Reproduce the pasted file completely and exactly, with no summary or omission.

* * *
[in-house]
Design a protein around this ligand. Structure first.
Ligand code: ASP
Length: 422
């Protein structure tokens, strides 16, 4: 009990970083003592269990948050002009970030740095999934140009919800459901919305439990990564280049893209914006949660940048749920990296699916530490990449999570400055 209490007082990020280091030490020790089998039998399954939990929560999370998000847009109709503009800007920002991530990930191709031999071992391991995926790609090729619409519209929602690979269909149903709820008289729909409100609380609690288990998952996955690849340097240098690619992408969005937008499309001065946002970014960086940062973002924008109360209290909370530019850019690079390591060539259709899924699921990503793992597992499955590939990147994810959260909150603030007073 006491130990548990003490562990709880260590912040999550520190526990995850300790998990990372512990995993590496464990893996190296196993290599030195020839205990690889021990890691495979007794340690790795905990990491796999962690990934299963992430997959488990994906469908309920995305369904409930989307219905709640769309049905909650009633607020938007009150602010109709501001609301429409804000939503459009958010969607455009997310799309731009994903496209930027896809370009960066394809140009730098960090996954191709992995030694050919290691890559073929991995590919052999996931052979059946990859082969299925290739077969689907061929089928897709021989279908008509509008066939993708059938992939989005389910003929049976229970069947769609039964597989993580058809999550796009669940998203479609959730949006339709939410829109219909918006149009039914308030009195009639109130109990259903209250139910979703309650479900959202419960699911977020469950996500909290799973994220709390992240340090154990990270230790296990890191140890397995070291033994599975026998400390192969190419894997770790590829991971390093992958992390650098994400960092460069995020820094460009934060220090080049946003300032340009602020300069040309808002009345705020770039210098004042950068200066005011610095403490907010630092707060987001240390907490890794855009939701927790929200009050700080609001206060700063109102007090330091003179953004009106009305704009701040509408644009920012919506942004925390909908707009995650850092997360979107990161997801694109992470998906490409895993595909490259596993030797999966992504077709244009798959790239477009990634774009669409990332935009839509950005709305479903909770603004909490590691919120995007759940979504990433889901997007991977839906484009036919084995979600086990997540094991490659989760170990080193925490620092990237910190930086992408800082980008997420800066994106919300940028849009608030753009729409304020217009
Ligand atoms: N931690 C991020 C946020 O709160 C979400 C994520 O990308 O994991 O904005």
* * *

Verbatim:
[in-house]
Design a protein around this ligand. Structure first.
Ligand code: ASP
Length: 422
């Protein structure tokens, strides 16, 4: 009990970083003592269990948050002009970030740095999934140009919800459901919305439990990564280049893209914006949660940048749920990296699916530490990449999570400055 209490007082990020280091030490020790089998039998399954939990929560999370998000847009109709503009800007920002991530990930191709031999071992391991995926790609090729619409519209929602690979269909149903709820008289729909409100609380609690288990998952996955690849340097240098690619992408969005937008499309001065946002970014960086940062973002924008109360209290909370530019850019690079390591060539259709899924699921990503793992597992499955590939990147994810959260909150603030007073 006491130990548990003490562990709880260590912040999550520190526990995850300790998990990372512990995993590496464990893996190296196993290599030195020839205990690889021990890691495979007794340690790795905990990491796999962690990934299963992430997959488990994906469908309920995305369904409930989307219905709640769309049905909650009633607020938007009150602010109709501001609301429409804000939503459009958010969607455009997310799309731009994903496209930027896809370009960066394809140009730098960090996954191709992995030694050919290691890559073929991995590919052999996931052979059946990859082969299925290739077969689907061929089928897709021989279908008509509008066939993708059938992939989005389910003929049976229970069947769609039964597989993580058809999550796009669940998203479609959730949006339709939410829109219909918006149009039914308030009195009639109130109990259903209250139910979703309650479900959202419960699911977020469950996500909290799973994220709390992240340090154990990270230790296990890191140890397995070291033994599975026998400390192969190419894997770790590829991971390093992958992390650098994400960092460069995020820094460009934060220090080049946003300032340009602020300069040309808002009345705020770039210098004042950068200066005011610095403490907010630092707060987001240390907490890794855009939701927790929200009050700080609001206060700063109102007090330091003179953004009106009305704009701040509408644009920012919506942004925390909908707009995650850092997360979107990161997801694109992470998906490409895993595909490259596993030797999966992504077709244009798959790239477009990634774009669409990332935009839509950005709305479903909770603004909490590691919120995007759940979504990433889901997007991977839906484009036919084995979600086990997540094991490659989760170990080193925490620092990237910190930086992408800082980008997420800066994106919300940028849009608030753009729409304020217009
Ligand atoms: N931690 C991020 C946020 O709160 C979400 C994520 O990308 O994991 O904005």